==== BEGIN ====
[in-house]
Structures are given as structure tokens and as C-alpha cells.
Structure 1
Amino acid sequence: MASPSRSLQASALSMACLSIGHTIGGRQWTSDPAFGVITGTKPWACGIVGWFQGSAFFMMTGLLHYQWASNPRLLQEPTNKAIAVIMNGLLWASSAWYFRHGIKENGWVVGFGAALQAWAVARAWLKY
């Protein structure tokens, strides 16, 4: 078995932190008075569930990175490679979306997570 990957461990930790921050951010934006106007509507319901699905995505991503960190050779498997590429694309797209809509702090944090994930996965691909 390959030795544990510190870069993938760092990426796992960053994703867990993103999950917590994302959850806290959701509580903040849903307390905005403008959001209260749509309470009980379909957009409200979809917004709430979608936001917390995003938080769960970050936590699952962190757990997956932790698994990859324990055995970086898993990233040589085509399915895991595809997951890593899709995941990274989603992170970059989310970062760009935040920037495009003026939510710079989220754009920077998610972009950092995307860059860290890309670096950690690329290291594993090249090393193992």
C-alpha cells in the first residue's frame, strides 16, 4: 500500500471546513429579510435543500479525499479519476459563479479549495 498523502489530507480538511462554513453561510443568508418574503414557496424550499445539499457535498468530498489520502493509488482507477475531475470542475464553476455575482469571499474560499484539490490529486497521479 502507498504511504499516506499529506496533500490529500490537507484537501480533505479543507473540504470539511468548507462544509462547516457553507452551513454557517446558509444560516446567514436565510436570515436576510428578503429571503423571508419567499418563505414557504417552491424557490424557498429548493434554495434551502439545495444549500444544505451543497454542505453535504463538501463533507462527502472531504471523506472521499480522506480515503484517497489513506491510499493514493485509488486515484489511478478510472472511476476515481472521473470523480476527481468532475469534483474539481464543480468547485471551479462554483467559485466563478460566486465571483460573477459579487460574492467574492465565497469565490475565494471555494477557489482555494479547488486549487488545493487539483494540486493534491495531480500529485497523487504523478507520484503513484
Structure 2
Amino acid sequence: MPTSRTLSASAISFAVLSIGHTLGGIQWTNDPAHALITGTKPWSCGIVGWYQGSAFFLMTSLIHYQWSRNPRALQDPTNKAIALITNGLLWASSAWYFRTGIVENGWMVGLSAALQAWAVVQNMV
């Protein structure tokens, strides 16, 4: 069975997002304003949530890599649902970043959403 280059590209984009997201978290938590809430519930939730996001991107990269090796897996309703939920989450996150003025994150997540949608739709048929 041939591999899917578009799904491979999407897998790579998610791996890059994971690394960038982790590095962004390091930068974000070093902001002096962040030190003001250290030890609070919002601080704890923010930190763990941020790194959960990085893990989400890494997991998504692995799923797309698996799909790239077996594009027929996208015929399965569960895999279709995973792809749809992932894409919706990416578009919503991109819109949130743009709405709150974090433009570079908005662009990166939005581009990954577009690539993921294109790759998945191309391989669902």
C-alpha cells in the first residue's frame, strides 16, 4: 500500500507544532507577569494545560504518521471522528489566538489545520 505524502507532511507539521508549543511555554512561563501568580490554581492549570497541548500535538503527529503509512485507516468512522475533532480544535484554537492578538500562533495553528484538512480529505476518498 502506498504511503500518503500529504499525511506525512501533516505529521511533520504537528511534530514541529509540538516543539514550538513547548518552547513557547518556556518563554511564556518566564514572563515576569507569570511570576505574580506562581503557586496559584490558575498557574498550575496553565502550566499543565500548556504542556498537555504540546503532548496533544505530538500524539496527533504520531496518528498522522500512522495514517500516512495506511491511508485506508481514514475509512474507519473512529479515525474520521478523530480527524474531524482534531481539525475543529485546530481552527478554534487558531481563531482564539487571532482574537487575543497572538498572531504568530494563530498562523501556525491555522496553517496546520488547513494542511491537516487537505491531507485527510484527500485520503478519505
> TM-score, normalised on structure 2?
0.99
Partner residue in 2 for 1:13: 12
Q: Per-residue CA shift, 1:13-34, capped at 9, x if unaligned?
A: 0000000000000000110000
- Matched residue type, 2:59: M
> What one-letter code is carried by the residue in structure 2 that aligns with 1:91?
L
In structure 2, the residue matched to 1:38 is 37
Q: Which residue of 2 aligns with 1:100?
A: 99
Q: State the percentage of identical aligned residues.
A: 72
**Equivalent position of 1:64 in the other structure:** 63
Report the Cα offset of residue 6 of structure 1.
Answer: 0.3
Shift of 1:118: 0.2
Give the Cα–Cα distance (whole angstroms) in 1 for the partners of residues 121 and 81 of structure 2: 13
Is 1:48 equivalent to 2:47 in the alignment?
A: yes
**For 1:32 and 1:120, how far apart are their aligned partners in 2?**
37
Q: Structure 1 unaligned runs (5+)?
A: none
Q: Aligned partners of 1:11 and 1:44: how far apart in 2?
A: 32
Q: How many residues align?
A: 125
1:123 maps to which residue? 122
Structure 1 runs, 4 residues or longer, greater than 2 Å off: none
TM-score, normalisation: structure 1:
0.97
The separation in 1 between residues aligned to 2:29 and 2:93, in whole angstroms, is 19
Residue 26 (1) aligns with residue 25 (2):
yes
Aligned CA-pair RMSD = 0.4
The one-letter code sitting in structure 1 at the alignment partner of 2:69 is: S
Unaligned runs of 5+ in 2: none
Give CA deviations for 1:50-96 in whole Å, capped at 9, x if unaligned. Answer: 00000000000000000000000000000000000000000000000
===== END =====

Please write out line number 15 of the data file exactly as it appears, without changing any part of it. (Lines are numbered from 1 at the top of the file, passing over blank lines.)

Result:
A: 0000000000000000110000